Google launched their first attempt at a browser today with the beta of Chrome. You can see from the screen shots below, the interface is very refined and minimalist. That may also be related to the limited feature set of the browser, representative of a first version.
While new, and inevitably in beta for some time to come, Chrome gets a lot of things right. Ultimate control of tabs is a feature I’ve wanted since the introduction of tabs. Simply drag a tab out of the window to launch it in a new window. To snap it back just drag it back to the tab bar, very simple, slick, effective.
For Multi-monitor users, this gets even more interesting. Often you’ll have 2 tabs open and want to display them side-by-side, Chrome recognises this needs and allows you to drag tabs between browser windows, a small, but incredibly useful feature.
InPrivate modes seems like the flavour of the day in all modern browsers, Chrome continues this trend by providing their own no-tracking browsing experience.
When I first heard of Chrome, like many I immediately thought of the potential integration with the many web services that Google offers. Expecting to see those services pushed down your throat, it’s a welcome surprise to see that not be the case. In fact, Google’s presence is so subtle it’d be easy to miss, the only UI reference – a small Google logo in the top-right of a window. When viewing Full screen in Vista, the title bar turns black and hides the logo altogether.
Opening a new tab opens a page with your browser history, search history, recent bookmarks and even your recently closed tabs. An interesting idea, however a mashup between this offering from Chrome and a customisable links page in Opera could just be the best home screen available. There should also be a option to carry a common experience across multiple machines.
The same 4 sites were opened in both Internet Explorer 8 beta 2 and Google Chrome beta. You can see both use separate processes for each tab, however Google Chrome has 2 additional processes. Despite that, the total memory usage by Google Chrome beta is only 96,616 K, compared to that of IE8’s 140,300 K.
Many tech blogs today are reporting ‘amazing speed’ from Chrome. In my experience, it’s not any slower or faster than IE, Firefox or even Safari. That said I don’t find myself waiting for browsers to web pages anymore. The waiting time is related to downloads, not general browsing, so if your on a decent connection, all the AJAX rendering benchmarks in the world, don’t mean jack.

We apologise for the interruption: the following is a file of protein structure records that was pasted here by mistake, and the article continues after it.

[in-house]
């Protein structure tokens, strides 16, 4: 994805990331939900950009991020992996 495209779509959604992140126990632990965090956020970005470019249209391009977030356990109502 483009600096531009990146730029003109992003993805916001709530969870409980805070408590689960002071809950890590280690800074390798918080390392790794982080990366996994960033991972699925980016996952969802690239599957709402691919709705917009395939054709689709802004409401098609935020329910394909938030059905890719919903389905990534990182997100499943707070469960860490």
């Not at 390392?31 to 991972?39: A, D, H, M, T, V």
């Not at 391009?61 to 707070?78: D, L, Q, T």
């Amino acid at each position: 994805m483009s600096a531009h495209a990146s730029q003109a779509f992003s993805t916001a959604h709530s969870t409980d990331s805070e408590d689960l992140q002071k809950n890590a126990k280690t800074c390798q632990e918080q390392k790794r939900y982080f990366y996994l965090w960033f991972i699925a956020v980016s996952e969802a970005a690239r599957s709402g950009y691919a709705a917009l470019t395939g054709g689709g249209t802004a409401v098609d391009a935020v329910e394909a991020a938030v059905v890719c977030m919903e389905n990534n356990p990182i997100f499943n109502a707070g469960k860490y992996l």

A lack of any kind of RSS reader or even notification that a feed exists on a page has to be my single biggest complain about Chrome. When linking to a feed, users are presented with the XML data, not structured, just raw text. There’s clearly work to be done here and given Google make a web service – Google Reader, this seems like a natural inclusion.
Apparently Google developers thought the status bar was unnecessary and skipped on including one. To remind you what’s included in the status bar for most browsers is the progress of page loads, page zooming functionality, fortunately displaying URL’s when placing your mouse over links brings up an temporary information bar that displays the required information. This is important to ensure your being linked to the site your think you are.
Chrome has VERY basic options and lacks support for plugins, given it’s architecture stems from a Firefox and webkit codebase, I doubt this will last long.
Whilst I support competition in any market, that competition should ultimately result in changes that benefit consumers. Chrome offers a new take on the evolving web browser scene which is not revolutionary by any stretch of the imagination, not really offering anything that will threaten the giants. That said when a giant like Google tries their hand at anything, the world sits up and listens.
With Google’s development of so many web services, the browser they run in could form a crucial part of their strategy, but like in the search market, if they want to be king, they MUST have the best product. Right now that’s not the case, but with their first beta, no-one really expected it to be.
Chrome is one to watch over time, as the initial rush to try it out will inevitably trail off as users return to their comfortable familiar experiences offered by their current favourites.
Worth a try, not worth a switch.